PAHs Dissolved in nDodecane Standard Emulsion

An interesting question regarding the biodegradation of n-dodecane droplets (standard emulsion, Section 9.4.2) and the biodegradable PAHs dissolved inside the droplets is: will both be oxidized at the same reaction rate?

Indeed, the results published by Cuno (1996) seem to confirm this assumption. Although n-dodecane, acenaphthene and anthracene are biodegraded by bacteria at different growth rates (Tables 9.7 and 9.8), the results in Fig. 9.5 can be described approximately by Eqs. (9.2) and (9.3), using the same kinetic coefficients for all three substrates.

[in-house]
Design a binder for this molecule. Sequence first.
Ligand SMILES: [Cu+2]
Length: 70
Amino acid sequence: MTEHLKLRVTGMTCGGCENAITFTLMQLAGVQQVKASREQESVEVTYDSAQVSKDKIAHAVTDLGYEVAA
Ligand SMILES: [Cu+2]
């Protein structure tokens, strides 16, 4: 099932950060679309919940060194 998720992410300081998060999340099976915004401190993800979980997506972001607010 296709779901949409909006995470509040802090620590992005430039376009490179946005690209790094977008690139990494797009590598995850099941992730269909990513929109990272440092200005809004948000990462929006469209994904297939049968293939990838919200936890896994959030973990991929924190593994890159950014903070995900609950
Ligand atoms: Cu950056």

A possible model to gain insight into these results is the transfer of very small oil droplets with dissolved PAHs into the bacterial cell. PAHs such as pyrene, dissolved in non-biodegradable, and in water-insoluble substances such as heptame-thylnonane, can be used by bacteria such as Rhodococcus sp. at a considerably higher rate than those dissolved in the aqueous medium (Bouchez et al. 1997). PAHs need a solving agent which may be biodegradable (n-alkanes) or not (heptamethyl-nonane). Naphthalene and phenanthrene as well as the solving agent hexadecane can also be mineralized by sulfate-reducing bacteria, which could be proven with 14C-labeled substances (Coates et al. 1997; Zhang and Young 1997).

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